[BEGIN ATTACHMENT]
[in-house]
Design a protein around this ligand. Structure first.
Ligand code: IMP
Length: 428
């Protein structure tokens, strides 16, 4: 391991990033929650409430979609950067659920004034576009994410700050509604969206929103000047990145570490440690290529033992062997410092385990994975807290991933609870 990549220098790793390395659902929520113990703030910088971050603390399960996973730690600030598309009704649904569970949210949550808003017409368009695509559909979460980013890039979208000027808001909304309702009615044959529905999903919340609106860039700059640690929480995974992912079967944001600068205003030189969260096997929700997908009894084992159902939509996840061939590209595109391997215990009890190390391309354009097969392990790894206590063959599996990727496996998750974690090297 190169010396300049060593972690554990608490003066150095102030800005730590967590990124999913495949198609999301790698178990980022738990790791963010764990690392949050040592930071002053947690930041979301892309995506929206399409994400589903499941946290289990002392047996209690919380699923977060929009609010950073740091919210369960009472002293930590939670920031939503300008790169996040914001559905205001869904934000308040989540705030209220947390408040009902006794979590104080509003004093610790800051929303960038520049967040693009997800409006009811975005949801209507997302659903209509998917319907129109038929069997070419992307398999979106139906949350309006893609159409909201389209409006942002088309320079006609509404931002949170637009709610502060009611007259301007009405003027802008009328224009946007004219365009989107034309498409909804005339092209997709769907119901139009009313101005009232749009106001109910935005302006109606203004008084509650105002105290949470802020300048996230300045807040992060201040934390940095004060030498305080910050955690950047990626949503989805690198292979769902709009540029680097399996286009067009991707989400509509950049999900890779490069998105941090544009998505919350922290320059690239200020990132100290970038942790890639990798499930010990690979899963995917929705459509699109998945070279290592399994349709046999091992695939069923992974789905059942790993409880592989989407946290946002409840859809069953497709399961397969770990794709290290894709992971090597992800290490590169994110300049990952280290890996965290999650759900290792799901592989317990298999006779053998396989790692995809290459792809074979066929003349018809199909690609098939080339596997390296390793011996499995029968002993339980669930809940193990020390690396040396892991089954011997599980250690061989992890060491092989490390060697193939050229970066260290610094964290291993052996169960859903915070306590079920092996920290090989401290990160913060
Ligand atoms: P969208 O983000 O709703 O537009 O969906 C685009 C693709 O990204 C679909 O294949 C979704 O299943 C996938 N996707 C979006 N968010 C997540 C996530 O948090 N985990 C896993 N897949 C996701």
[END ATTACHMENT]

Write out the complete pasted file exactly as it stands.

[in-house]
Design a protein around this ligand. Structure first.
Ligand code: IMP
Length: 428
């Protein structure tokens, strides 16, 4: 391991990033929650409430979609950067659920004034576009994410700050509604969206929103000047990145570490440690290529033992062997410092385990994975807290991933609870 990549220098790793390395659902929520113990703030910088971050603390399960996973730690600030598309009704649904569970949210949550808003017409368009695509559909979460980013890039979208000027808001909304309702009615044959529905999903919340609106860039700059640690929480995974992912079967944001600068205003030189969260096997929700997908009894084992159902939509996840061939590209595109391997215990009890190390391309354009097969392990790894206590063959599996990727496996998750974690090297 190169010396300049060593972690554990608490003066150095102030800005730590967590990124999913495949198609999301790698178990980022738990790791963010764990690392949050040592930071002053947690930041979301892309995506929206399409994400589903499941946290289990002392047996209690919380699923977060929009609010950073740091919210369960009472002293930590939670920031939503300008790169996040914001559905205001869904934000308040989540705030209220947390408040009902006794979590104080509003004093610790800051929303960038520049967040693009997800409006009811975005949801209507997302659903209509998917319907129109038929069997070419992307398999979106139906949350309006893609159409909201389209409006942002088309320079006609509404931002949170637009709610502060009611007259301007009405003027802008009328224009946007004219365009989107034309498409909804005339092209997709769907119901139009009313101005009232749009106001109910935005302006109606203004008084509650105002105290949470802020300048996230300045807040992060201040934390940095004060030498305080910050955690950047990626949503989805690198292979769902709009540029680097399996286009067009991707989400509509950049999900890779490069998105941090544009998505919350922290320059690239200020990132100290970038942790890639990798499930010990690979899963995917929705459509699109998945070279290592399994349709046999091992695939069923992974789905059942790993409880592989989407946290946002409840859809069953497709399961397969770990794709290290894709992971090597992800290490590169994110300049990952280290890996965290999650759900290792799901592989317990298999006779053998396989790692995809290459792809074979066929003349018809199909690609098939080339596997390296390793011996499995029968002993339980669930809940193990020390690396040396892991089954011997599980250690061989992890060491092989490390060697193939050229970066260290610094964290291993052996169960859903915070306590079920092996920290090989401290990160913060
Ligand atoms: P969208 O983000 O709703 O537009 O969906 C685009 C693709 O990204 C679909 O294949 C979704 O299943 C996938 N996707 C979006 N968010 C997540 C996530 O948090 N985990 C896993 N897949 C996701």